What is a Citation to Discover Assets?

What is a Citation to Discover Assets?
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Last updated: September 2012

What is a Citation to Discover Assets?

If someone claims that you owe them money, they may go to court and bring a lawsuit. If the person or company, called a "creditor", wins the case, the court will give them a judgment against you. A judgment is a court order stating how much you owe to this creditor. The creditor may try to collect the money from you in a court proceeding called a "Citation to Discover Assets". This proceeding is used by your creditors to discover what sources of income or property you may have that can be used to pay off the judgment against you. You may be required to bring certain documents with you such as your tax returns, bank statements and pay stubs.

How Will I Find Out about the Citation to Discover Assets?

The creditor must provide you with written notice of your rights and the date and time your case is to be heard in court. That date is called the "return date". You must appear in court on the return date and submit to questions from your creditor's attorney about your income and property. If you fail to appear in court on the return date or if you fail to produce the documents that have been requested by your creditor, you can be arrested for contempt of court.

Can a Creditor Take All My Income and Property to Pay Off a Judgment?

No. The law protects certain types of income and property from collection. Income and property that your creditor cannot touch are called "exemptions." Up to $371.25 a week of your take-home pay (after tax) is exempt from collection. Other exemptions include:

  • Social Security and SSI
  • Unemployment Compensation
  • Public  Assistance Benefits
  • Veteran's benefits
  • Child support or maintenance needed for support of you or family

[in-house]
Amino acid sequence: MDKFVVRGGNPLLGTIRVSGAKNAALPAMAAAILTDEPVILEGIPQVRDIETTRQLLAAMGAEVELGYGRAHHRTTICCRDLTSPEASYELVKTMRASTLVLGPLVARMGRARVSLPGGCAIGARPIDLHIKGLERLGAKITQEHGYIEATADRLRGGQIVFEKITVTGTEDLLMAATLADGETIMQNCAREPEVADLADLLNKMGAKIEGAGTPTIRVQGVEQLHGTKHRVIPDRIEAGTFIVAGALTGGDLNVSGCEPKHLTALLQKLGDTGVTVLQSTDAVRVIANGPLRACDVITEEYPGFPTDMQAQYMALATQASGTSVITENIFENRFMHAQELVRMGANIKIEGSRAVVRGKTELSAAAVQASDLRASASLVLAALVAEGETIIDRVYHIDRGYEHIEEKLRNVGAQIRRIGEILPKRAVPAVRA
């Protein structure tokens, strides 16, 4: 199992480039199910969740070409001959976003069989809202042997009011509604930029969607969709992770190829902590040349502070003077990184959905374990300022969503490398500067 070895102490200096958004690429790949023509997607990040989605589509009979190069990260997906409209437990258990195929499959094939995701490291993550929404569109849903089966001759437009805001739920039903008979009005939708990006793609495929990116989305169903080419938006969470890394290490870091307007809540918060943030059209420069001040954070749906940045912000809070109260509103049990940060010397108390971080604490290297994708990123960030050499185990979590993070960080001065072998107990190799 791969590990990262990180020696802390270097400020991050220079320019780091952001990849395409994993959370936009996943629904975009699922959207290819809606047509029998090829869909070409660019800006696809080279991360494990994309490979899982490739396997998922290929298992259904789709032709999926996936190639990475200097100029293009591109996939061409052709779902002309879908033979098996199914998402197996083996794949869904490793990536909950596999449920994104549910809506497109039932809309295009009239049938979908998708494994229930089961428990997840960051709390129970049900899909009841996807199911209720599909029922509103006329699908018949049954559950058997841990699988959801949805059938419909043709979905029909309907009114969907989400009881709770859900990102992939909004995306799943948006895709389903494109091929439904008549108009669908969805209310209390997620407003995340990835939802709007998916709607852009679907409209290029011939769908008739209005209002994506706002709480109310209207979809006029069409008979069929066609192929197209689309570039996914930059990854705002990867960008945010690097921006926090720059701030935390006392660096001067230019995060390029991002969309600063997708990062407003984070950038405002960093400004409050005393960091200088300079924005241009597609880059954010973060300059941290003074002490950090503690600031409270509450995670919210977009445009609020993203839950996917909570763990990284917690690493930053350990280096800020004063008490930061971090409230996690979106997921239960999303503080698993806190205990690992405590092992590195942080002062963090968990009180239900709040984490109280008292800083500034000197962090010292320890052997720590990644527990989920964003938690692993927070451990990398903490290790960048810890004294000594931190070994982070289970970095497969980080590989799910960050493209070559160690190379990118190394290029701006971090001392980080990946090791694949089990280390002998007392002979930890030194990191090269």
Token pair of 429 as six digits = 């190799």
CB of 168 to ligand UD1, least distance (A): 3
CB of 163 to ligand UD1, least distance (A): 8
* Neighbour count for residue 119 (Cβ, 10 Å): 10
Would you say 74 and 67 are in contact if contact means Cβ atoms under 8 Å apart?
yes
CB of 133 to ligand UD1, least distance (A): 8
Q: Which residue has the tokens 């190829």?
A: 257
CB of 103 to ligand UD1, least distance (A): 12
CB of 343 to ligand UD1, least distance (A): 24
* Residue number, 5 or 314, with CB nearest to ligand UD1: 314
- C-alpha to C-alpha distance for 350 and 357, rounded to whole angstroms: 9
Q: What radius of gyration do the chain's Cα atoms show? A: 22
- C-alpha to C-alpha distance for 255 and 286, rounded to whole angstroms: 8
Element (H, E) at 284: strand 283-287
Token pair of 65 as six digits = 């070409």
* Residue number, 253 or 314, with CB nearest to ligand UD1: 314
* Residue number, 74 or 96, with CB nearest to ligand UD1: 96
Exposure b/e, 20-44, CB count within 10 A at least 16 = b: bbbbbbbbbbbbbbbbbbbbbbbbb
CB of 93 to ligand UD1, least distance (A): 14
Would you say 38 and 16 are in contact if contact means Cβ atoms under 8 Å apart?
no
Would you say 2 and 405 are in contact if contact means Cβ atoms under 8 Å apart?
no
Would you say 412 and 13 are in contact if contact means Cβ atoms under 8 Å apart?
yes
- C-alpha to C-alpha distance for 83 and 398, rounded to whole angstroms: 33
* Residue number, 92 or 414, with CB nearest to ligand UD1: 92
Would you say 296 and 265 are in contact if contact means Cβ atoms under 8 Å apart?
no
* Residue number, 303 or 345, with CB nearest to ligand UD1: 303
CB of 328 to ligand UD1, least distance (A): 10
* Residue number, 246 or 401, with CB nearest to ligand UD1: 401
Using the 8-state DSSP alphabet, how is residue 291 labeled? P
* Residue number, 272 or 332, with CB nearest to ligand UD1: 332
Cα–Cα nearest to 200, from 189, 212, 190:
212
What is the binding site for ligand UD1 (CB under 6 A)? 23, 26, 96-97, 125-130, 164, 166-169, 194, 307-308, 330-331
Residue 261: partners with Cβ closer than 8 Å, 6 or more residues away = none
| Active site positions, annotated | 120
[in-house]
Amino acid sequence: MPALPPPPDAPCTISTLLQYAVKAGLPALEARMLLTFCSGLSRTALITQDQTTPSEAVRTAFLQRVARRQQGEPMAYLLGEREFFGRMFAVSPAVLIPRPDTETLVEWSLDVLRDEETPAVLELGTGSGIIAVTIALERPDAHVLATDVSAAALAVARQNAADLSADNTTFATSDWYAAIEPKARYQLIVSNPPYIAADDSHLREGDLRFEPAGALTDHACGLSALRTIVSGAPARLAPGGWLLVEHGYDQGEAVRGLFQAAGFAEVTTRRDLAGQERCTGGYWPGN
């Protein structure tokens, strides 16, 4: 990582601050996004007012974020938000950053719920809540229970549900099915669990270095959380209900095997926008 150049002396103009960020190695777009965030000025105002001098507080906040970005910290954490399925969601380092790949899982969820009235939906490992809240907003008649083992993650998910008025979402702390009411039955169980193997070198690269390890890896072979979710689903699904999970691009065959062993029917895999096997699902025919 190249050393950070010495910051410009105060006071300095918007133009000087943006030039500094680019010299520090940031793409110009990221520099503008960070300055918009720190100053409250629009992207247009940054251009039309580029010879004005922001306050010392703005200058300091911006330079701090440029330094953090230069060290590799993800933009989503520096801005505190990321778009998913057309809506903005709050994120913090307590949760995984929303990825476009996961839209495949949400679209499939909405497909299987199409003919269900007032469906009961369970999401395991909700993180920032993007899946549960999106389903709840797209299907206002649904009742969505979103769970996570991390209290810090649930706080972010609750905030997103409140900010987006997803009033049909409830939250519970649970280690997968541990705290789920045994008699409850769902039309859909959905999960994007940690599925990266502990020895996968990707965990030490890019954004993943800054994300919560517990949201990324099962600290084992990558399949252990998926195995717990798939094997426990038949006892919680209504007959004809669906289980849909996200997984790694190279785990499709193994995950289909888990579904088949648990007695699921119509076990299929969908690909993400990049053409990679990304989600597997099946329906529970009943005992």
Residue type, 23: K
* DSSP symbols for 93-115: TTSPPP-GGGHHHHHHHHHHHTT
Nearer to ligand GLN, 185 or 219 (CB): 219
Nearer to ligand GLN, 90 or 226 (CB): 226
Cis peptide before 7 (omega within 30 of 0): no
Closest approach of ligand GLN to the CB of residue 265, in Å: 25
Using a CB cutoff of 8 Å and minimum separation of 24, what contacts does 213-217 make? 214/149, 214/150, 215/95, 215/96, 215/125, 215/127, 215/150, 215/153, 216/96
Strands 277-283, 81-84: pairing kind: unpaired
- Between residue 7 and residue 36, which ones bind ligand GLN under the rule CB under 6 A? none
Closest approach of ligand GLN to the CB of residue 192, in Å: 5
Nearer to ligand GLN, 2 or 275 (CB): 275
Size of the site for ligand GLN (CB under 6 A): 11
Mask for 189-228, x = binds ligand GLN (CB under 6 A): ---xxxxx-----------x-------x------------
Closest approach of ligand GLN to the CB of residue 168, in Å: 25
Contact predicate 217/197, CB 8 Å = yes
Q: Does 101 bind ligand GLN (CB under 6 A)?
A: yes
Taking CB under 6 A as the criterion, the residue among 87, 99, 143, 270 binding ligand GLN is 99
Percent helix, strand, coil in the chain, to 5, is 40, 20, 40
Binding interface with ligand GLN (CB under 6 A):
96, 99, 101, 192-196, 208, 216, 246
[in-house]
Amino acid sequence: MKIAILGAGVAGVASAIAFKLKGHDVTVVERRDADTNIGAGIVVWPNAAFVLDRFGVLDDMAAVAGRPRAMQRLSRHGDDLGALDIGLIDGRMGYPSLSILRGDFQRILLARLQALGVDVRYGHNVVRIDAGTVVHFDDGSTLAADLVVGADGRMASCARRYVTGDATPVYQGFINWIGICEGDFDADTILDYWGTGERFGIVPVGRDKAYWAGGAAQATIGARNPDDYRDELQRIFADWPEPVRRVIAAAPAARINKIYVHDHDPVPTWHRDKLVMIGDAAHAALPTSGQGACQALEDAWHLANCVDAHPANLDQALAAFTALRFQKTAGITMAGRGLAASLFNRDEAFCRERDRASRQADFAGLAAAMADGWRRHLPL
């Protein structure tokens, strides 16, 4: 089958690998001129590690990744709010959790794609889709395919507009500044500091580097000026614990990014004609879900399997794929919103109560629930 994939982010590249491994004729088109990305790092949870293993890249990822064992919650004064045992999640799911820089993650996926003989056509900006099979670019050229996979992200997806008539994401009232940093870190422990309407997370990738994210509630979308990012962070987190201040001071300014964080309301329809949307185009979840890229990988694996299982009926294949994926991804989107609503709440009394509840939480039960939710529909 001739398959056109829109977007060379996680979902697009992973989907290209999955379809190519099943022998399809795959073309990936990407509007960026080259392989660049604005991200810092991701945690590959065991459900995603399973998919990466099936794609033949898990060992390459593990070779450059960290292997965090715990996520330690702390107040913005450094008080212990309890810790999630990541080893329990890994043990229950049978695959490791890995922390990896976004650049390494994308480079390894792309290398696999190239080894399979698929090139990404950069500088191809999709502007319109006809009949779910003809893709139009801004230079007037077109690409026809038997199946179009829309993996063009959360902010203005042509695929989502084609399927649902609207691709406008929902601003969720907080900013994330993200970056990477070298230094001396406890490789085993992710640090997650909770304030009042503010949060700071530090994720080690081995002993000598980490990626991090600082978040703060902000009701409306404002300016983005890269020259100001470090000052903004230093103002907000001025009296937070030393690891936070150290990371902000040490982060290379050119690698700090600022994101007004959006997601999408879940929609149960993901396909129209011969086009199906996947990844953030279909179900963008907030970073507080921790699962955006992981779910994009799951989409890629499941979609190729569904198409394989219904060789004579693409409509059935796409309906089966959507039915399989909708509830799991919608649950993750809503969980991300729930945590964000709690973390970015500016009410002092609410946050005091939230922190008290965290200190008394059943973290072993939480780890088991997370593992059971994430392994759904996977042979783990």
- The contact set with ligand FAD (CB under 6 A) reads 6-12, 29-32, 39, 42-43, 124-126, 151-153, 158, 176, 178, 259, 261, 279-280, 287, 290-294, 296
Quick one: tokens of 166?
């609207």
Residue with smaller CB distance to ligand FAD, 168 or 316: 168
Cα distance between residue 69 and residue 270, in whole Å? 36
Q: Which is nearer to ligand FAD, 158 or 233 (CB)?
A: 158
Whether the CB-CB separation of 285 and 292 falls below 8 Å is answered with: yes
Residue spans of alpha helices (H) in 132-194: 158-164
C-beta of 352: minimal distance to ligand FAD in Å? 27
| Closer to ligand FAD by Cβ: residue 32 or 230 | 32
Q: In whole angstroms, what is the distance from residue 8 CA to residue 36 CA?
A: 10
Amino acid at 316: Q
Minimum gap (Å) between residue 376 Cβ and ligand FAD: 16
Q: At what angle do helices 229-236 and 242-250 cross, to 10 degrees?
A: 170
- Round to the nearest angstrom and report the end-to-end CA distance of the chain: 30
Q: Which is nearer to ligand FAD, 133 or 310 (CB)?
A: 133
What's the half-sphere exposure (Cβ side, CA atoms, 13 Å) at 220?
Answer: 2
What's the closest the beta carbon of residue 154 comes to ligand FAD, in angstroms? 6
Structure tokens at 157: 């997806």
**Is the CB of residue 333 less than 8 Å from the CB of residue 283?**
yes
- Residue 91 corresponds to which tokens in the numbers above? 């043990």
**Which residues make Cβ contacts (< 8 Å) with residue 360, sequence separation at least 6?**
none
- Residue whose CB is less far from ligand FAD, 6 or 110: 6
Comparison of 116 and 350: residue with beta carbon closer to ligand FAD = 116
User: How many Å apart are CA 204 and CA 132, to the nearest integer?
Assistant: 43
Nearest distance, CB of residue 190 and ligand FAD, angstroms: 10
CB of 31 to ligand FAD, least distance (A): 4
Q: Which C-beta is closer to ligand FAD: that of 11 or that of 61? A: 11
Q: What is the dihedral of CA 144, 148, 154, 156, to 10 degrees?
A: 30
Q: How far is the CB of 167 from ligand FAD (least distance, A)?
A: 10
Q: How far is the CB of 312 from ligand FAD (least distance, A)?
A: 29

• Pension and most types of retirement benefits
  • Disability, illness, or unemployment benefits
  • Award under a crime victim's compensation law
  • Wrongful death award needed for your support
  • Life insurance payment needed for your support
  • $2,400 equity in a motor vehicle
  • $15,000 equity in a home ($30,000 for married couple) 
  • $15,000 or less of a personal injury award

In addition to the exemptions listed above, there is a general "wild card exemption" of up to $4,000 that can be used to protect any other property of your choosing. You must tell the creditor and the judge that you are using your wild card exemption.

What Will Happen to Me When I Go to Court?

If the creditor's examination reveals that all of your income and property is exempt from collection, the citation will be dismissed and the creditor will leave empty handed. If the creditor's examination is incomplete, the citation may be continued to another date and you may be required to return to submit to further questioning. If the creditor's examination reveals income or property that is not exempt under the law, the creditor may select from one or more of the following options:

What Do I Do When I Go to Court?

1. Go to Court:

Appear in court at the date, time and place given as the "return date" in your court papers.

2. Get Your Line Number:

Outside the court room, you will find a list of all the scheduled court cases for that day. Search the case list for your court case. There will be a number to the left of your case called the "line number". Remember this number.

3. Check In with the Clerk:

Step into the court room and wait in line to check in with the clerk located at the front of the courtroom. The clerk will place you under oath to tell the truth.

4.  Talk to the Creditor's Attorney:

After you have been sworn in by the clerk, you will be approached by the creditor's attorney and asked to answer questions about your income and property (this is known as a "citation examination").  By law, you are required to participate in this examination. If your income or property is exempt from collection, you need to tell the creditor's attorney what exemption you are claiming.

5. Find Out if Your Case Will Be Called:

Once you have completed the citation examination you should ask the creditor's attorney if you are free to go or if s/he will be "calling" your case before the judge. If the attorney decides to call your case, you will need to wait in court until your case is called by the clerk. In general, your case will only be called if you have agreed to a payment plan or if the creditor is seeking further information.

Further Help

If you need to speak to an attorney and your case is at the Daley Center in Cook County, you can visit the CARPLS Self-Help Collection Desk in Room 1401, Monday through Friday from 9:30 a.m. to 12:30 p.m., or you can call the CARPLS Legal Aid Hotline at (312) 738-9200. If your case is in another county, see the "Helpful Organizations" list below.

Helpful Organizations
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For a list of organizations in your area that may be able to help you, enter your zip code.



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